But it is important to acknowledge Obama's race in thinking through this example. Obama's being black gives him standing to forgive white people for racism (at least certain forms of racism), and it is not clear how white people could have standing to forgive white slaveholders for harms that were not done to them. There are further complexities as well: Obama might not have standing to forgive forms of racism that uniquely target black women. What's more, there is a lot at stake in advocating forgiveness. Forgiveness is not just the way I think and feel about some past event, but also a moral and often political message that communicates that one has come to terms with and is moving on from an injustice. Sullivan has not offered reasons for thinking that white people have the standing to decide when they get to come to terms with and move on from slavery.

I also do not think that forgiveness is needed to achieve Sullivan's ultimate aim, which is for middle-class white people to reconceive white slaveholders as fallible persons so they can see how they, too, participate in racism for which they must take responsibility. Good White People came out two months before Sue Campbell's Our Faithfulness to the Past, but Campbell's insights are strikingly relevant to Sullivan's argument in this chapter (see Campbell 2014). On Campbell's view, individuals who are members of groups responsible for serious harms can identify with them through a kind of "resistant identification," that is, "identification with a collective history with which one disapproves" (115). She draws upon Genevieve Lloyd's "Individuals, Responsibility, and the Philosophical Imagination" to show how through taking responsibility, we enter into emotional relations with groups to which we belong that are responsible for serious harms, and these emotional relations help constitute our identifications with them as well as our own identities.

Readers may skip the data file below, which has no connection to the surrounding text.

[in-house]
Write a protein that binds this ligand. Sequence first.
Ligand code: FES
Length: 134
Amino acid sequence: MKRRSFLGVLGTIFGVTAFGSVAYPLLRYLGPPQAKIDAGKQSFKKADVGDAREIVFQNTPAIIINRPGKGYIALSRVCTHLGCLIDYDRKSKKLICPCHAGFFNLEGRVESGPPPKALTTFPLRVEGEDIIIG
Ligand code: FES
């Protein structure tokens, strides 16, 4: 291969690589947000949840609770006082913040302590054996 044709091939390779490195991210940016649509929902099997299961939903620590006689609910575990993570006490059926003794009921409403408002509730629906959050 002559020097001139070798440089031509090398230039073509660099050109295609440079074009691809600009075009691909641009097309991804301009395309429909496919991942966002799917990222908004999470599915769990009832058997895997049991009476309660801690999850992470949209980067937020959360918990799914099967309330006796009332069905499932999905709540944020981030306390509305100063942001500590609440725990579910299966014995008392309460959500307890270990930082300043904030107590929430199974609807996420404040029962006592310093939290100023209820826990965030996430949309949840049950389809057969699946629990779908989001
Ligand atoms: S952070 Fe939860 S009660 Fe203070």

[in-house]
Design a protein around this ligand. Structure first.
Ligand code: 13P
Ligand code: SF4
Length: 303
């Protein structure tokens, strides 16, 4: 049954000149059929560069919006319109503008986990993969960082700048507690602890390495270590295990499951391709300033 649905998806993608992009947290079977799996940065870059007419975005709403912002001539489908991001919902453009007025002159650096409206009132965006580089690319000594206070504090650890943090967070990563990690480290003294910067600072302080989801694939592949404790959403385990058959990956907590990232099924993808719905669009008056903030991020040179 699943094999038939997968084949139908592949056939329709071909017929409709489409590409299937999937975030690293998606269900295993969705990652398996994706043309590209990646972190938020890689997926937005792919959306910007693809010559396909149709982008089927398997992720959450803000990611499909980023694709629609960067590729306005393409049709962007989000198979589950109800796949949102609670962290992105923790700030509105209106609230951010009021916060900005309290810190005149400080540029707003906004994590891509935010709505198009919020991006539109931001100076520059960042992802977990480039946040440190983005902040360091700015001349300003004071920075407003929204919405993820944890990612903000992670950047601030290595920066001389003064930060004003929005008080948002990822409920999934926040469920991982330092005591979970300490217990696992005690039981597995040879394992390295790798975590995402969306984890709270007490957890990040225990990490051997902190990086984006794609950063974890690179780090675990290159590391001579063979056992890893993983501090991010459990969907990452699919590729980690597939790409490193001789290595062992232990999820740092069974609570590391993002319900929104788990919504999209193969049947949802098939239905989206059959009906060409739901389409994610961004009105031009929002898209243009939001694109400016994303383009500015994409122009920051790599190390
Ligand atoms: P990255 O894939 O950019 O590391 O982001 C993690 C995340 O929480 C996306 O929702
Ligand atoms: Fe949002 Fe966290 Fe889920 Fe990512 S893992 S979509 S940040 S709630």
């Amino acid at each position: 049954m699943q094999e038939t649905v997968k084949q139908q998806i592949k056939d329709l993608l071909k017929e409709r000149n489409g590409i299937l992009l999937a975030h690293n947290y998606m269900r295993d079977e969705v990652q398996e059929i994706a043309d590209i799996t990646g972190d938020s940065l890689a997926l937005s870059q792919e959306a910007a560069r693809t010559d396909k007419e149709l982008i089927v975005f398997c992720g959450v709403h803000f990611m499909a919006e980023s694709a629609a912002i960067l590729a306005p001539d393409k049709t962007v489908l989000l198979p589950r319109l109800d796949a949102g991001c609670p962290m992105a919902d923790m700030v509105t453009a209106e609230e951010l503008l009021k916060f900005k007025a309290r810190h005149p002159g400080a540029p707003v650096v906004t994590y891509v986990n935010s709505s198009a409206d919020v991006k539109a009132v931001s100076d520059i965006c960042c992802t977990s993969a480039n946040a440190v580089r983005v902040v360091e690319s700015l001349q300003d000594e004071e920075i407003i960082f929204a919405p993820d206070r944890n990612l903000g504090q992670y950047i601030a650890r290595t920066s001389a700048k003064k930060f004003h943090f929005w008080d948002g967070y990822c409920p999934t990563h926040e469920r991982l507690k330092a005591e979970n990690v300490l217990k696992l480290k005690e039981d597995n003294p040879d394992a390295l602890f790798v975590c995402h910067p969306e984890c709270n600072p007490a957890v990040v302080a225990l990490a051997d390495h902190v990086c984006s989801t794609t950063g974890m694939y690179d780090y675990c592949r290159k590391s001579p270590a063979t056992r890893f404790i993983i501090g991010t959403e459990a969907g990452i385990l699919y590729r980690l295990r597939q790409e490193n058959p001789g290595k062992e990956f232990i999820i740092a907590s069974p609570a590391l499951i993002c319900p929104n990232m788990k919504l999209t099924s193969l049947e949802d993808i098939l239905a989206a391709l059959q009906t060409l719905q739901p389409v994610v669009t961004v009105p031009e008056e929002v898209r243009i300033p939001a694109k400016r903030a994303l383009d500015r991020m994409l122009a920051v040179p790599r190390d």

But our emotional relations need not include sympathy. Campbell draws upon Minnie Bruce Pratt's narrative in "Identity: Skin, Blood, Heart" to show that Pratt's taking responsibility for racism does not "display bonds of sympathetic identification" (128). Pratt is fearful of those outside her "narrow circle" and comes to realize that her own emotional life and identity have been shaped by the exclusion of others in a racial hierarchy. Campbell argues that, in describing herself as her "father's daughter in the present" and her "commitment to 'honor the grief of his life' by striving to change much of what he believed in," Pratt takes responsibility not by sympathetically identifying with her father and other white racists, but by making herself "answerable for the ways she has been shaped" (131). I would be interested to know what Sullivan might say about resistant identification as an alternative way in which white people can identify with white ancestors.